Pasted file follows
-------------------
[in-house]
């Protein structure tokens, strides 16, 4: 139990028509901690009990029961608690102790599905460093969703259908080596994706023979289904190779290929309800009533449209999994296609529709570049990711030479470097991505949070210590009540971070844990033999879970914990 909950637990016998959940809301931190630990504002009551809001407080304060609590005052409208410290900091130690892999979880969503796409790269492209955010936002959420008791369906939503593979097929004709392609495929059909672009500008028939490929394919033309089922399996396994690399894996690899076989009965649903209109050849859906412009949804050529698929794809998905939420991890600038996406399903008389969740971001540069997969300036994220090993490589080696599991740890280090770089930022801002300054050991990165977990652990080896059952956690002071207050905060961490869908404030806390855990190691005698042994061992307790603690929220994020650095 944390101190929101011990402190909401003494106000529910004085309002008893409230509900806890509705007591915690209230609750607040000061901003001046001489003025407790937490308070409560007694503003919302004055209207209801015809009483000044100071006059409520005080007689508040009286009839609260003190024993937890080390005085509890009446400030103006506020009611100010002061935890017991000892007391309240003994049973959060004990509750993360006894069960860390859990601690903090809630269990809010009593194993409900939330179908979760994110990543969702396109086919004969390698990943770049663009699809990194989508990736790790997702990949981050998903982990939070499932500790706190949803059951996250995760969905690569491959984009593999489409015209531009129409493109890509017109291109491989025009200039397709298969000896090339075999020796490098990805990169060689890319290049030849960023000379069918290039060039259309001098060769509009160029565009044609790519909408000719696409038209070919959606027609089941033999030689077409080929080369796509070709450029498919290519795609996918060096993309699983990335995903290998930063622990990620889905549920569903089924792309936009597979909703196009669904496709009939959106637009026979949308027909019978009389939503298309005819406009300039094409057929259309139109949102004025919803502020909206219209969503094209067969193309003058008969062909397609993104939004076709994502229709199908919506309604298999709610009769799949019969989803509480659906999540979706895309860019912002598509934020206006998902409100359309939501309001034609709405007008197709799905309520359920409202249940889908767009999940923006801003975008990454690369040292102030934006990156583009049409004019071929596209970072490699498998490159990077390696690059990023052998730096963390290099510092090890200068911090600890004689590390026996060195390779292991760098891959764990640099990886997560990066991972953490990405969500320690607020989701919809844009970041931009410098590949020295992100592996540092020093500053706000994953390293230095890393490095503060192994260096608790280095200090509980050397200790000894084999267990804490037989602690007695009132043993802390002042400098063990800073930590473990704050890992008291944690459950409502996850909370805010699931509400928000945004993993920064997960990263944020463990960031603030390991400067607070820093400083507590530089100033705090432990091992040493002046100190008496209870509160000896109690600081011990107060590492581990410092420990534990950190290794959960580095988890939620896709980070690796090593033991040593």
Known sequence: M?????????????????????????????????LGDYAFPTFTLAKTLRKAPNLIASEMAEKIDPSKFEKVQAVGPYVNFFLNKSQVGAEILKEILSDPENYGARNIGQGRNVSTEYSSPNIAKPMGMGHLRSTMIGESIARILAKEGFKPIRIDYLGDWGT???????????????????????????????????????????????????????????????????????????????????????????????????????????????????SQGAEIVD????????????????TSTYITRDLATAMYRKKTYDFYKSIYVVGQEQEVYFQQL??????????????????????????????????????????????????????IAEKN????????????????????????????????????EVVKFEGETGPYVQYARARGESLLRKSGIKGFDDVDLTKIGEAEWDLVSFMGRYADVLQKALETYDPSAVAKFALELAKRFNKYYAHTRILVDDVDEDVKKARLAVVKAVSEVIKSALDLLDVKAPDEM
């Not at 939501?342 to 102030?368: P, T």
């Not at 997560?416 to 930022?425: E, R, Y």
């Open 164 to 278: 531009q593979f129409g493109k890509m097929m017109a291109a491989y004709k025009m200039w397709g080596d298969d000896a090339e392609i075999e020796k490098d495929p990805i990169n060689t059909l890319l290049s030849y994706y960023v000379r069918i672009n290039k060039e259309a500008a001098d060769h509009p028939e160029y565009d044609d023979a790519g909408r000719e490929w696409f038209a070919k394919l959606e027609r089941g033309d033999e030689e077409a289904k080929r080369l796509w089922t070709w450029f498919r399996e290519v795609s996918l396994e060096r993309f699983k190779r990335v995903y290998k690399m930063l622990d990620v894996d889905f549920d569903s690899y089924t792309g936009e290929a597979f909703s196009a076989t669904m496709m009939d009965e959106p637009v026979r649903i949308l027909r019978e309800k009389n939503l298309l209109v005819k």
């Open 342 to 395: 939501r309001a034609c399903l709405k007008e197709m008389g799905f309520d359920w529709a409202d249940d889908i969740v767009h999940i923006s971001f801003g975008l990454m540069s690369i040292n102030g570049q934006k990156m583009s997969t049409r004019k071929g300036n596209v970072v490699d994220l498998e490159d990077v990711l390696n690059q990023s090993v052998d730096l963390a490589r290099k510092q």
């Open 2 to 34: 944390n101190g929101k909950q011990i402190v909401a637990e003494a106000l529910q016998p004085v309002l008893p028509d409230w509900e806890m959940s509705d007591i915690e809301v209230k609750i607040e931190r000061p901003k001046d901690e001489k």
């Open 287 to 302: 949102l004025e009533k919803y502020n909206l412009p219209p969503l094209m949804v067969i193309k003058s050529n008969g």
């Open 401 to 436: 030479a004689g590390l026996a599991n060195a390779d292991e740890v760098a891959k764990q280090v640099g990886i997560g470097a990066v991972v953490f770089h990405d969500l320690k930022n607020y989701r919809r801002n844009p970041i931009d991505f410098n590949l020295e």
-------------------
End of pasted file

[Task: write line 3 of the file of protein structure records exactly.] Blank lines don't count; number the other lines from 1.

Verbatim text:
Known sequence: M?????????????????????????????????LGDYAFPTFTLAKTLRKAPNLIASEMAEKIDPSKFEKVQAVGPYVNFFLNKSQVGAEILKEILSDPENYGARNIGQGRNVSTEYSSPNIAKPMGMGHLRSTMIGESIARILAKEGFKPIRIDYLGDWGT???????????????????????????????????????????????????????????????????????????????????????????????????????????????????SQGAEIVD????????????????TSTYITRDLATAMYRKKTYDFYKSIYVVGQEQEVYFQQL??????????????????????????????????????????????????????IAEKN????????????????????????????????????EVVKFEGETGPYVQYARARGESLLRKSGIKGFDDVDLTKIGEAEWDLVSFMGRYADVLQKALETYDPSAVAKFALELAKRFNKYYAHTRILVDDVDEDVKKARLAVVKAVSEVIKSALDLLDVKAPDEM